Kelly Fyffe-Marshall’s debut feature When Morning Comes opens with a lush drone shot of a tropical forest. After a few moments, a road appears nearby on the left with a bus that Jamal (Djamari Roberts) and his mother Neesha (Shaquana Wilson) are riding on. One would assume it is a simple shot to establish the setting but, as the film unfolds, the rich beauty of the island—including the various people that inhabit it—reveals itself to be one of the most vital components of the story.
The vibrancy and culture that Jamaica embodies is shown through the young eyes of Jamal, who is a few weeks away from his 10th birthday. Living in Portland with his mother, things have been difficult for the pair since his Jamal’s father passed away. It does not help matters that he’s recently been suspended from school and his mother is too angry to hear the full reason why.
Despite proclaiming his innocence, the suspension serves as further proof in his mother’s eyes that a drastic change is needed. Fearing what could happen if they continue their current path, Neesha makes the bold decision to send Jamal to live with his grandmother in Canada. While she sees it as an opportunity for a better life that she can afford to give him—Neesha works as a maid for the wealthy family whose daughter her son has a crush on—Jamal views it as an unjust punishment for the incident at school.
Annoyed by the news of his impending departure, Jamal leaves home and ends up staying over at his best friend Deshane’s (Jarden Crooks) house. Roaming Portland with his pal, Jamal shares his heavy heart with the various individuals, and father figures like Deshane’s dad, he encounters. In return, many of them advise him of the pros and cons of a Canadian life, or at least what some have heard second hand, which only makes the country seem even more abstract than what his young eyes can see or imagine.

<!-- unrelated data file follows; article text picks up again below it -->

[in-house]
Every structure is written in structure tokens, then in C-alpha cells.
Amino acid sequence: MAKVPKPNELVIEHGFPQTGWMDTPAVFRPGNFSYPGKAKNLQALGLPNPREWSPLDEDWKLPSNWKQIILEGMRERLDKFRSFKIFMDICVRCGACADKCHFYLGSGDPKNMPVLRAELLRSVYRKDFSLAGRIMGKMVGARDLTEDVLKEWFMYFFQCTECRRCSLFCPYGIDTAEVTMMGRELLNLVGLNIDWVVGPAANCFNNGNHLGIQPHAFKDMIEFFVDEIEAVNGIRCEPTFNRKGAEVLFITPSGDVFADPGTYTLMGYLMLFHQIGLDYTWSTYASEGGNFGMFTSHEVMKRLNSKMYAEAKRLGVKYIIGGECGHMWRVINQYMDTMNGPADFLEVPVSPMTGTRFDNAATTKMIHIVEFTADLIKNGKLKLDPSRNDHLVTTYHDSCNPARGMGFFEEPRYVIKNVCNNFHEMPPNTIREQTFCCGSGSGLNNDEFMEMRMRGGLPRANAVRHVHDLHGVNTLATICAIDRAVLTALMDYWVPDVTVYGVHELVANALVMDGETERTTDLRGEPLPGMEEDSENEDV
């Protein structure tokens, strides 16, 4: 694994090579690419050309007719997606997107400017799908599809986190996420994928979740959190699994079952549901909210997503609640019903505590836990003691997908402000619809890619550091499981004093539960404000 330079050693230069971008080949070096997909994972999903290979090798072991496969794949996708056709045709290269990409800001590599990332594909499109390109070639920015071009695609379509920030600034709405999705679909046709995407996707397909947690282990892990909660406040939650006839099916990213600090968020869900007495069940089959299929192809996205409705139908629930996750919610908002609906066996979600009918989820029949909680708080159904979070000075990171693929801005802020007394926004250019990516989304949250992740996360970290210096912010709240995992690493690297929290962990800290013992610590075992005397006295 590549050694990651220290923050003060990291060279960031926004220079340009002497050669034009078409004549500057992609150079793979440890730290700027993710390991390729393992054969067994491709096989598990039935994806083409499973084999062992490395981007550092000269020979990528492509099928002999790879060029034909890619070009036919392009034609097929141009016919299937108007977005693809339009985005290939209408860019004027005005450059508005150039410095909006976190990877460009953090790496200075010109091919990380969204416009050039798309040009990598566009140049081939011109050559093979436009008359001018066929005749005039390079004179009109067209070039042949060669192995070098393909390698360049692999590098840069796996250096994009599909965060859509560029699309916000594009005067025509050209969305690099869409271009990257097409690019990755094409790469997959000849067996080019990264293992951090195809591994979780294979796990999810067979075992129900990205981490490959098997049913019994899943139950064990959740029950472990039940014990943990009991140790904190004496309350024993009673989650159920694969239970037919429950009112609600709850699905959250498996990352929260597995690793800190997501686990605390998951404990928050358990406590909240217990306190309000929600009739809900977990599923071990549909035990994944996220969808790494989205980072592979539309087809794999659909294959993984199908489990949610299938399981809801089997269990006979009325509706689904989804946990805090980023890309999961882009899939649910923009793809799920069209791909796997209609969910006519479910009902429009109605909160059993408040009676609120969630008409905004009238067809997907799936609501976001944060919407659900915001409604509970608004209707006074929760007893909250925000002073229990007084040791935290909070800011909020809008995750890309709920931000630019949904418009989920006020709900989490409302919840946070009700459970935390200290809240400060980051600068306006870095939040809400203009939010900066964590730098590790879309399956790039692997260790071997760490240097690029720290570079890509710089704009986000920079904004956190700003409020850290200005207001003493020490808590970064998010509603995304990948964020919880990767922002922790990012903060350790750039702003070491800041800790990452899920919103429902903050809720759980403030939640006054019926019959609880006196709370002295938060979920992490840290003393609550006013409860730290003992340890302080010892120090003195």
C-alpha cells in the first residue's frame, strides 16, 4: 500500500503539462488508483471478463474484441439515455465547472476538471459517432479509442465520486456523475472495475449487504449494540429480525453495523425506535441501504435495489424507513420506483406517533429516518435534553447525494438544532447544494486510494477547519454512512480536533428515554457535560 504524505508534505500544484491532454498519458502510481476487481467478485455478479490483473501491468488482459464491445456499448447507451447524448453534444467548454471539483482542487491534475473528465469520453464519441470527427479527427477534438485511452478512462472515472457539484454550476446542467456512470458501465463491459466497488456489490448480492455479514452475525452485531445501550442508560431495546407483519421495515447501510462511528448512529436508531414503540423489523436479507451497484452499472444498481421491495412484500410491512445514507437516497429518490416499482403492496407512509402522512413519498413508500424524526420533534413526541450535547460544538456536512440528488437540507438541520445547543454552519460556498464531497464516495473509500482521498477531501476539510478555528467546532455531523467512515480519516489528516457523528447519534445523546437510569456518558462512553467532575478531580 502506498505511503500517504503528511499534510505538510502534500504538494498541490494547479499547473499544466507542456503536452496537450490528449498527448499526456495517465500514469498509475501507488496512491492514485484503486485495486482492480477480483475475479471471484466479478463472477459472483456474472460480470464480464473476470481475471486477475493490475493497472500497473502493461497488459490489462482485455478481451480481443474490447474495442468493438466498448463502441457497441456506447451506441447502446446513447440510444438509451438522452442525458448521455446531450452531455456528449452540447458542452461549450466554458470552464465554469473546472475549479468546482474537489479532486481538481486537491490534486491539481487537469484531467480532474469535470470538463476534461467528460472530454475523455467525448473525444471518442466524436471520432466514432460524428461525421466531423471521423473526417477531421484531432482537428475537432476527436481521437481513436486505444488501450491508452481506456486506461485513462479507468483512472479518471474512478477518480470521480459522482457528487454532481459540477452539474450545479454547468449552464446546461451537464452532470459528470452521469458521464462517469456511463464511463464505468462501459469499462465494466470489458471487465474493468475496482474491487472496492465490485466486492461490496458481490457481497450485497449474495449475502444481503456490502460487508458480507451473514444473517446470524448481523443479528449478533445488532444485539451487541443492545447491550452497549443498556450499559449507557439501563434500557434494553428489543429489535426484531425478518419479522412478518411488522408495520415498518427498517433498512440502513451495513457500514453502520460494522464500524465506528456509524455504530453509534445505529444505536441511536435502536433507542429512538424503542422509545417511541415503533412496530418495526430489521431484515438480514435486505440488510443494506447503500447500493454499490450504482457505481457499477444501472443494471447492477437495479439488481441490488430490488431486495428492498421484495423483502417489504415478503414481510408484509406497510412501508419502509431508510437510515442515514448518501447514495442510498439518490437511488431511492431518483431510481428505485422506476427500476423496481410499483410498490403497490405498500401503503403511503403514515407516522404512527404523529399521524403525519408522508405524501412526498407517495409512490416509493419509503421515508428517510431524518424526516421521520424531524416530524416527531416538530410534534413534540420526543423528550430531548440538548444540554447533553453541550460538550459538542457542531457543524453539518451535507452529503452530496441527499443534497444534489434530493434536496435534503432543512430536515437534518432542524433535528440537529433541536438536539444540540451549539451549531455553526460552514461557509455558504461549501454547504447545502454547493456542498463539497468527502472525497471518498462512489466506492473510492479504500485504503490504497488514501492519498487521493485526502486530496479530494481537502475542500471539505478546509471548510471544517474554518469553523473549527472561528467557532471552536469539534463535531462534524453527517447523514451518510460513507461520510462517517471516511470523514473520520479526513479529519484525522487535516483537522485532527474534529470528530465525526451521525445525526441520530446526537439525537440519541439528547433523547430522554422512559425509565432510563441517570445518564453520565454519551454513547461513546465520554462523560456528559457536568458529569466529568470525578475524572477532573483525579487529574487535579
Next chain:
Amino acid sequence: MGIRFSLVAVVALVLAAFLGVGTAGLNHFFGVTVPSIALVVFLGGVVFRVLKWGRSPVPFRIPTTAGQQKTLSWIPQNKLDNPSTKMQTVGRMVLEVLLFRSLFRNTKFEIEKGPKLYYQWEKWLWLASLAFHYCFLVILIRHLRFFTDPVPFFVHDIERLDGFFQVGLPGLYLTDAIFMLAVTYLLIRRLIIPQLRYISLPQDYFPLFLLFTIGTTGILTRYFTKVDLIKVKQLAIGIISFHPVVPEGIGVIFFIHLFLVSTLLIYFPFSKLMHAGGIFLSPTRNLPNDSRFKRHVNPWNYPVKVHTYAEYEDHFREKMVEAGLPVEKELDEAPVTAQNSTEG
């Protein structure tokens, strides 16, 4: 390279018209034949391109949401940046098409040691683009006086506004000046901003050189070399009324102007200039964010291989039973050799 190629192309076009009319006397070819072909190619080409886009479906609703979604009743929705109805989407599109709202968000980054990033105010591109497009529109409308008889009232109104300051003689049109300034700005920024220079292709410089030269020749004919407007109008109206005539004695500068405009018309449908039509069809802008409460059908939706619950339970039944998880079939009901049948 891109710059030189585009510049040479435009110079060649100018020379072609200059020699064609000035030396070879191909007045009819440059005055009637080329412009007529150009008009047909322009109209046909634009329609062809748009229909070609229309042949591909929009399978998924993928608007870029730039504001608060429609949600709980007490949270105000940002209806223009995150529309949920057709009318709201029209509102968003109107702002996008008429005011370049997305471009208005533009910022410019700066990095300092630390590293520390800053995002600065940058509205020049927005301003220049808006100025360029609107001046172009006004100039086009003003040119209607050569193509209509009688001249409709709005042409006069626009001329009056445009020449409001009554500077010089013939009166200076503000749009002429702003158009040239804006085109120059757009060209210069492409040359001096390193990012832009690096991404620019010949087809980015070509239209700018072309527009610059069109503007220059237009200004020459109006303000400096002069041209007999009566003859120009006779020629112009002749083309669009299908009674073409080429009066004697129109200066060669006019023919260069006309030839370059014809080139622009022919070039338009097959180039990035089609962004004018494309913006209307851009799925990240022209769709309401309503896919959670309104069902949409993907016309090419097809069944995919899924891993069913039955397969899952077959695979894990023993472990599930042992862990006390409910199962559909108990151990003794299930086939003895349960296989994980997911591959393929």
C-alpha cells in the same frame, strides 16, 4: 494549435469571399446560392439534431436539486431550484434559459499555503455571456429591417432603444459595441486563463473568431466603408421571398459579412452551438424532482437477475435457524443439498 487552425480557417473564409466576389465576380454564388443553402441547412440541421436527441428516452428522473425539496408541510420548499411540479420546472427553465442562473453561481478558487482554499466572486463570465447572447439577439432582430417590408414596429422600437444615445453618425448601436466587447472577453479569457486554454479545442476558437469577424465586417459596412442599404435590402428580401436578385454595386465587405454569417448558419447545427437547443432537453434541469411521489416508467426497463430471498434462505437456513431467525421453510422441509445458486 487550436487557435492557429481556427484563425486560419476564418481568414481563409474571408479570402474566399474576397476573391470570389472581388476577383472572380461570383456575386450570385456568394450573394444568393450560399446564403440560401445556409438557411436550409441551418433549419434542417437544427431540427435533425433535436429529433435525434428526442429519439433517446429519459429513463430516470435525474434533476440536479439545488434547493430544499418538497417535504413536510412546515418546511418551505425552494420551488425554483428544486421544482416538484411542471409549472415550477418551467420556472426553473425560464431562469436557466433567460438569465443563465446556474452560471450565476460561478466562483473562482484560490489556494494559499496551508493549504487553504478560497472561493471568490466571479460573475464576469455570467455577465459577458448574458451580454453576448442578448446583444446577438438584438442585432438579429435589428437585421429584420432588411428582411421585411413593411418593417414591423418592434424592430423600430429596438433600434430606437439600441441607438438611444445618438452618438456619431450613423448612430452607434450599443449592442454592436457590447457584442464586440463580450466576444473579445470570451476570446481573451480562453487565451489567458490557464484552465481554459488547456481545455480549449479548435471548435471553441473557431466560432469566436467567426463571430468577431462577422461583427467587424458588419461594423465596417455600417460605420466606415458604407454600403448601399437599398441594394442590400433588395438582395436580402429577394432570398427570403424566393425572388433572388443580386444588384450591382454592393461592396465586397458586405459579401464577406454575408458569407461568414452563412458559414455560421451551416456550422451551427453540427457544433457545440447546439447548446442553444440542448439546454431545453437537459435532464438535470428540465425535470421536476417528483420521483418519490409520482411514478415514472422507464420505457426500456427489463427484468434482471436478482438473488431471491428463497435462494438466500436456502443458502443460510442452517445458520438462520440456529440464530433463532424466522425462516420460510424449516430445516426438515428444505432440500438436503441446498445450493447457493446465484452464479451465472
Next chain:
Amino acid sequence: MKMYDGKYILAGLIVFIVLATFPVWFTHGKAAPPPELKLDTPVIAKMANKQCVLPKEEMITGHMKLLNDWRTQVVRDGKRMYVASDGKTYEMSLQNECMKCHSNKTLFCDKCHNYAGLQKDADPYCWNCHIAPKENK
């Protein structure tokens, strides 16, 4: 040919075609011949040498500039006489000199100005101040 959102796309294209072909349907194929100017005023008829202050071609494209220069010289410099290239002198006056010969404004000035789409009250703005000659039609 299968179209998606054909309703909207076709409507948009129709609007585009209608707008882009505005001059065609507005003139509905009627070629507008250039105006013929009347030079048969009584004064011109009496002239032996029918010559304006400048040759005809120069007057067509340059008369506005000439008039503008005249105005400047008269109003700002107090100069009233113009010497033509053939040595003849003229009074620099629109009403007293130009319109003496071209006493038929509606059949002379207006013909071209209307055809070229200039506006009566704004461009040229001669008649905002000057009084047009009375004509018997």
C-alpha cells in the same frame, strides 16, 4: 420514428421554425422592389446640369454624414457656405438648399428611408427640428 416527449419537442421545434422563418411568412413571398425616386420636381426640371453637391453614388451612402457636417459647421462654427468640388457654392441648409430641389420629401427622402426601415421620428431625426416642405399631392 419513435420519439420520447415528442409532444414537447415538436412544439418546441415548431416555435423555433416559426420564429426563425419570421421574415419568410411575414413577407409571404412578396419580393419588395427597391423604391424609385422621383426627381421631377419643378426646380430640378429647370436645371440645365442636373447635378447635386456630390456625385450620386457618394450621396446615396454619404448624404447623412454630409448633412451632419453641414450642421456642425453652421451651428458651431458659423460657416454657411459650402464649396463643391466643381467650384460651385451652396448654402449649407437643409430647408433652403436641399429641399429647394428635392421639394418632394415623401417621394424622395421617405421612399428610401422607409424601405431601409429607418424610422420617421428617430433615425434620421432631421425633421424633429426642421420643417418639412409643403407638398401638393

It is in Jamal’s journey around Portland, a wandering farewell of sorts to the only life he has ever known, that the powerful glow of Fyffe-Marshall’s film truly radiates. Rather than simply presenting Jamaica as an island paradise, like most travelogues tend to do, When Morning Comes understands that one of island’s greatest treasures is the people its soil produces. The genuine sense of community permeates every corner of this film. It is commonly said that it takes a village to raise a child and Fyffe-Marshall shows us that village. Although the film hints at the problems that threaten to sink its claws into Jamal if he remains, the danger is always kept to the margins just off screen.
By dropping subtle breadcrumbs to what is occurring on the margins, which is a direct result of the damaging impact that the legacy of colonization has had on Jamaica, Fyffe-Marshall ensures that one understands the difficult choices that some in the community are forced to make. This is most evident in Neesha, whose whole life was upended with her husband’s passing. Although she believes her decision is in her son’s best interest, her faith is rattled by the sense of guilt that she might be making the wrong move. While many films about individuals emigrating to Canada focus on their lives upon arriving to the country, When Morning Comes understands that the complexities of such a life-changing event start long before they touch foreign soil.
Anchored by strong performances by Roberts and Wilson, stunning cinematography from long time collaborator Jordan Oram, and an amazing soundtrack, there is much to engulf oneself here. Fyffe-Marshall’s constructs a poetically beautiful and heartfelt love letter to Jamaica and sense of community it fosters. When Morning Comes is a mesmerizing work that both delivers on the promise Fyffe-Marshall displayed in her short films and solidifies her as one of the most exciting voices in cinema.
When Morning Comes screens as a part of TIFF 2022, which runs from September 8 to 18. Head here for more from the festival.